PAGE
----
Northern drought fuels need for water deliveries

By Mike Dinsdale -
Remembrance Lake, Queen Elizabeth Park, Masterton, dries up in drought. Photo / APN
Remembrance Lake, Queen Elizabeth Park, Masterton, dries up in drought. Photo / APN

As Northland's drought bites, rural residents on water tanks are having to call for deliveries.

Water carriers across the region have been busy with increased demand.

It can cost anything from $250 upwards - depending on where the homeowner lives - for 10,000 litres of tank water, but the situation is not as bad as the big drought in 2010 which saw many water carriers rushed off their feet.

A spokeswoman for North End Contractors in Whangarei said the company was getting numerous inquiries from rural residents about water supplies, but many seemed to be hanging on as long as possible in the hope that rain would come.

She said the company was busier than over the past couple of years, but nowhere near as in 2010.

"There's also a few more water carriers around than then, but we've had a lot of people ringing up for quotes," she said.

"Just today we had somebody ringing up from near Dargaville for a quote as they can no longer get water from Dargaville."

Whangarei Heads homes and baches were providing many customers at the moment and one Heads' resident spoken to by the Northern Advocate said his tanks were the lowest they had been for more than 20 years.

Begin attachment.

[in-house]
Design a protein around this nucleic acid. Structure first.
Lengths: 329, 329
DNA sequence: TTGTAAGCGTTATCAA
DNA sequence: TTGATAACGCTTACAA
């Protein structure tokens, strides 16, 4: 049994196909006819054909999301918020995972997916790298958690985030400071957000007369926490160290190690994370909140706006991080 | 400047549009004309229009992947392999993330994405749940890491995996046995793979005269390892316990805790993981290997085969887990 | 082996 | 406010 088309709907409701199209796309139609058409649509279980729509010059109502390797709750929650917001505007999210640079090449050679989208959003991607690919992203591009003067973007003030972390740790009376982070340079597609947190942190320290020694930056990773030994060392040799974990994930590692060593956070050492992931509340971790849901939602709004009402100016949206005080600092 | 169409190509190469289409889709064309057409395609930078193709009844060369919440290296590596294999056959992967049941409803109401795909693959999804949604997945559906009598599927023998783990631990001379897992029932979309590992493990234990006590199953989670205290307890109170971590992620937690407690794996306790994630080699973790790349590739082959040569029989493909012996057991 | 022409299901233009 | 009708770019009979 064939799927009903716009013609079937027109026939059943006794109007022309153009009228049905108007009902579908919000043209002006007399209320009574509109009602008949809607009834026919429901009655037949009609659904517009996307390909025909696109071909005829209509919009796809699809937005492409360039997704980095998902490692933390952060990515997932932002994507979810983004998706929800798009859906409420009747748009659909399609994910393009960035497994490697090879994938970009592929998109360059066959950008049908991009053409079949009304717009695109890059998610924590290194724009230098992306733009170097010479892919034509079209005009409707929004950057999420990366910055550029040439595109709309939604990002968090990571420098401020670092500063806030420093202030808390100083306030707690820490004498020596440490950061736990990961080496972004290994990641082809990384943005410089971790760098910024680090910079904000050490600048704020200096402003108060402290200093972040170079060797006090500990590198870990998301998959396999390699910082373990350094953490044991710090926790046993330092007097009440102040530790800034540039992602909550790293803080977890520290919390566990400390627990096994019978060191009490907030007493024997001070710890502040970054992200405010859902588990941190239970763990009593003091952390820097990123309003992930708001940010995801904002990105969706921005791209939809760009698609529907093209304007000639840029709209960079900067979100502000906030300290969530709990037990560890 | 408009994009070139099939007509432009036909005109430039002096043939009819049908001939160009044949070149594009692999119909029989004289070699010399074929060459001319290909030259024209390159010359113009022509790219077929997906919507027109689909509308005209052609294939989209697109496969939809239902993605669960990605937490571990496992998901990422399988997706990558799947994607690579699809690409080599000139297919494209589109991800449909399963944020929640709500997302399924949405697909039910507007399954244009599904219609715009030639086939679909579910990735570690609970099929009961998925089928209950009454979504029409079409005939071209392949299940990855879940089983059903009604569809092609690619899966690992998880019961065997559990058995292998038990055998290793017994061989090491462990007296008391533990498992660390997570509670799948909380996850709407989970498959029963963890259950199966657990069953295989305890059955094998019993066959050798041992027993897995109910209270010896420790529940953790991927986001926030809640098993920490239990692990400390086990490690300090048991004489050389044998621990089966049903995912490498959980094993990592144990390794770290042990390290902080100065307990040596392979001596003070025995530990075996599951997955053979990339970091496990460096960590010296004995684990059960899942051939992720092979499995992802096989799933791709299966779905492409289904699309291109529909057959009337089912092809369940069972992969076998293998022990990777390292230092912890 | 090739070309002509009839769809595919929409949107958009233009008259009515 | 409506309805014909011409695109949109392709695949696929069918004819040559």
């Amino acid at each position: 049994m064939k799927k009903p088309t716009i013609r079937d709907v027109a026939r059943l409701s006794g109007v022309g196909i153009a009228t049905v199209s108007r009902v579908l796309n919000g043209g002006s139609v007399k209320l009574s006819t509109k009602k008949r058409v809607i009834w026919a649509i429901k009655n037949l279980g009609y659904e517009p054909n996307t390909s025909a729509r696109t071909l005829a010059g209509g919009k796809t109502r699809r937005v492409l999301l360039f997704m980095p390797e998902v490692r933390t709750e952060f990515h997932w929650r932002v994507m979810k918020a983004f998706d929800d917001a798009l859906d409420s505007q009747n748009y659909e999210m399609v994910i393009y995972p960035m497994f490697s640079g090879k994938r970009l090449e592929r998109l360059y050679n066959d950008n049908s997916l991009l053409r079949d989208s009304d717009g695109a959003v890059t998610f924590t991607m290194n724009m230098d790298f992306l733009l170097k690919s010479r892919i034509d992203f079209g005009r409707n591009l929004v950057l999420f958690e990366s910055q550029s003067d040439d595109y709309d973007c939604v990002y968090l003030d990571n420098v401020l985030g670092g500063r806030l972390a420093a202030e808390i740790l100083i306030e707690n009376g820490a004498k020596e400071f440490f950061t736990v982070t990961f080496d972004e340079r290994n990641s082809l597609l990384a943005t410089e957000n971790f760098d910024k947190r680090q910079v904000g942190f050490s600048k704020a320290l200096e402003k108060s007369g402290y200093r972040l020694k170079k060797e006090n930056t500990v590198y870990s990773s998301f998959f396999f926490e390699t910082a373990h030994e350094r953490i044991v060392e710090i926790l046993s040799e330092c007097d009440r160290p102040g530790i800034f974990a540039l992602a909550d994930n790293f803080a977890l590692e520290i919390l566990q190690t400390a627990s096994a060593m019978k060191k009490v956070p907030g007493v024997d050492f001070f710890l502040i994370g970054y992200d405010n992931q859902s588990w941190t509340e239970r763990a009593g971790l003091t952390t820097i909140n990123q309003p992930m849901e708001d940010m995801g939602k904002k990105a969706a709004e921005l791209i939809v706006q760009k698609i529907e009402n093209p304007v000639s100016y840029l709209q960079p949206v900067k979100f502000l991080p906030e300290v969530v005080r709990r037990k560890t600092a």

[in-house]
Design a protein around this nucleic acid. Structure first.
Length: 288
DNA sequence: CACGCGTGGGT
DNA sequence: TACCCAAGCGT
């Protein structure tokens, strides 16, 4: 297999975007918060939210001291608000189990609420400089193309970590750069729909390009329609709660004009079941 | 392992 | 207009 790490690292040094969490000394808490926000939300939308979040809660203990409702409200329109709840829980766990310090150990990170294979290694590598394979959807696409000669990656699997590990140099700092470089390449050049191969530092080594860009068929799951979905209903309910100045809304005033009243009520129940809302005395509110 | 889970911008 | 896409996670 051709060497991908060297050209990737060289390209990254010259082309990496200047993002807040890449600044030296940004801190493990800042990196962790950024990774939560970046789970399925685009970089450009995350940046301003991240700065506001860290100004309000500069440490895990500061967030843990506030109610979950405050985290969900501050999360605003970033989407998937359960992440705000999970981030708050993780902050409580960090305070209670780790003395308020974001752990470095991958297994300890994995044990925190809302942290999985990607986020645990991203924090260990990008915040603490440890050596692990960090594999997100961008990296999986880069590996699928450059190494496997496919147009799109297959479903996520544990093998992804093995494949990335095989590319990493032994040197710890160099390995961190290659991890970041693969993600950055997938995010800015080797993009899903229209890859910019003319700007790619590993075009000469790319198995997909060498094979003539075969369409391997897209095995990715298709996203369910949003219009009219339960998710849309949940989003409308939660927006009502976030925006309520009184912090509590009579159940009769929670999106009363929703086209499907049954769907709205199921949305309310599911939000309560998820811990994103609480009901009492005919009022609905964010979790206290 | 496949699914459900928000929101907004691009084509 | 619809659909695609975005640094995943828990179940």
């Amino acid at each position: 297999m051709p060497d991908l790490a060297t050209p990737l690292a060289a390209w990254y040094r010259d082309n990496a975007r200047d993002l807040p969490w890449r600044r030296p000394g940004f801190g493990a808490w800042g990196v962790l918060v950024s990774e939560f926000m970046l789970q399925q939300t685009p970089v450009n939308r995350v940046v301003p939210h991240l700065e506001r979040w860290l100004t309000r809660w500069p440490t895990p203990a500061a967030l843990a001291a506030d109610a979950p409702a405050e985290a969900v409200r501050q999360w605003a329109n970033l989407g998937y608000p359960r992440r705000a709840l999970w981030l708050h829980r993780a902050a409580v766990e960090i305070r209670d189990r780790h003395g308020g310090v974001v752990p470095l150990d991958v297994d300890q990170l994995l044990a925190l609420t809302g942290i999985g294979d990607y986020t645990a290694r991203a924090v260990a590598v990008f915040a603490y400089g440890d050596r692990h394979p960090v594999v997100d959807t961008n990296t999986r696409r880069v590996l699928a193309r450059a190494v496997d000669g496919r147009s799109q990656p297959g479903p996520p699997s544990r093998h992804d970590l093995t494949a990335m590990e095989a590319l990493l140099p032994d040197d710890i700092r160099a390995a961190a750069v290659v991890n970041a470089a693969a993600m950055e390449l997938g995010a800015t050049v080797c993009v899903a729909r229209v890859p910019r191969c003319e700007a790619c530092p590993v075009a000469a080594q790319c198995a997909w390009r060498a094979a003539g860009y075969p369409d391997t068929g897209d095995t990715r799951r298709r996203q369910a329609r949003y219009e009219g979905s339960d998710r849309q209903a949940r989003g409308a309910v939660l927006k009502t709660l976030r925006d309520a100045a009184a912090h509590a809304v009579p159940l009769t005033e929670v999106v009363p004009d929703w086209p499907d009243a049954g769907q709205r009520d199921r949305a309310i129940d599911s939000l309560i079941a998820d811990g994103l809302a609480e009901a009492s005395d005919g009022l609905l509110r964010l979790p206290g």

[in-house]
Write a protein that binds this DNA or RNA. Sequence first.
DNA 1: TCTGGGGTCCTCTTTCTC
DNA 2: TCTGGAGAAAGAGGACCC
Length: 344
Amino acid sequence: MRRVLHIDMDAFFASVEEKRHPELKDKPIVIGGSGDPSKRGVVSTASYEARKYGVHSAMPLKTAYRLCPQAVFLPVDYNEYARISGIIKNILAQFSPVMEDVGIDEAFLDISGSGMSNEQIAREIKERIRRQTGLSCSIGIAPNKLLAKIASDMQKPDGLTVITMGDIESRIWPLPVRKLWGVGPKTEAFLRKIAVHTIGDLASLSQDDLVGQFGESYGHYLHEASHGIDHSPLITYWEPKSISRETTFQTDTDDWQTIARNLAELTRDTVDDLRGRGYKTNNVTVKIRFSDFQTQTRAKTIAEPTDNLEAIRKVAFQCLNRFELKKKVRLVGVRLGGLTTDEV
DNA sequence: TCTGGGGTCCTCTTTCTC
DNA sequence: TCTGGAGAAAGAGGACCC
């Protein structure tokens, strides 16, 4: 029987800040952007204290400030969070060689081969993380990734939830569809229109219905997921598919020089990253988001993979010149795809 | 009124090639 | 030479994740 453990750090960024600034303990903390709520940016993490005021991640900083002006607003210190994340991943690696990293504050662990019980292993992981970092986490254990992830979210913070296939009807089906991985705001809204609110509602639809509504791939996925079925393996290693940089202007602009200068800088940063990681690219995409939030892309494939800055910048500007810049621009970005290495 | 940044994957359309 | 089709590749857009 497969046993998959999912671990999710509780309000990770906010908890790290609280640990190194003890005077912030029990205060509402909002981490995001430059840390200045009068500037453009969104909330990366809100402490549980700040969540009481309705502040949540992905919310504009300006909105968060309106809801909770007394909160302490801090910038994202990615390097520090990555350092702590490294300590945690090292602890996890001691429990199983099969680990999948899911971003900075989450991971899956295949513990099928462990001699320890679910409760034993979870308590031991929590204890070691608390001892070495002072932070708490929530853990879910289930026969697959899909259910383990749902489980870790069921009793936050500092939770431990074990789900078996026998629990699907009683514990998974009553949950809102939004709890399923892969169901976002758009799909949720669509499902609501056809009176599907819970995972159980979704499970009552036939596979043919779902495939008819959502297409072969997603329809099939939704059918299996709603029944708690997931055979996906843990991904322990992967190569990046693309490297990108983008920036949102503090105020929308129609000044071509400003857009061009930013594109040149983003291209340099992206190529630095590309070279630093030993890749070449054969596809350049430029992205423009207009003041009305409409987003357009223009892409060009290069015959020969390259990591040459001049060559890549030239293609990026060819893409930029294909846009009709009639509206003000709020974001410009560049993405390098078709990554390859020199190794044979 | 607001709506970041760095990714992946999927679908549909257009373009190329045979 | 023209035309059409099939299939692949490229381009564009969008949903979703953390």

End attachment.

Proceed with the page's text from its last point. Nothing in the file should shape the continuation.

Dargaville Water Carriers said it was filling up 10 water tanks a day up until last Friday when the Kaipara District Council stopped any further water being taken from the Dargaville water supply.

The company now had to take water from the Ruawai supply, which added costs and meant it could only do four loads a day, a spokeswoman said.

"We were almost double what we were doing last year and even more than in the 2010 drought, but the restrictions mean we can't do as many now. The town supply has to come first," she said.

She urged people wanting a tanker of water to book as soon as possible, but accept that there may be a wait.

A spokeswoman for Kaitaia Water Carriers, which supplies the area from the Hokianga and Mangonui north, said while the company was far busier than normal delivering water, it was far worse in 2010.

"In 2010 the drought started a lot earlier than this one, but we have seen an increase this year, with things starting to pick up about three weeks ago," she said.

Rain is predicted for Northland this weekend, but it's not expected to be enough to break the drought.

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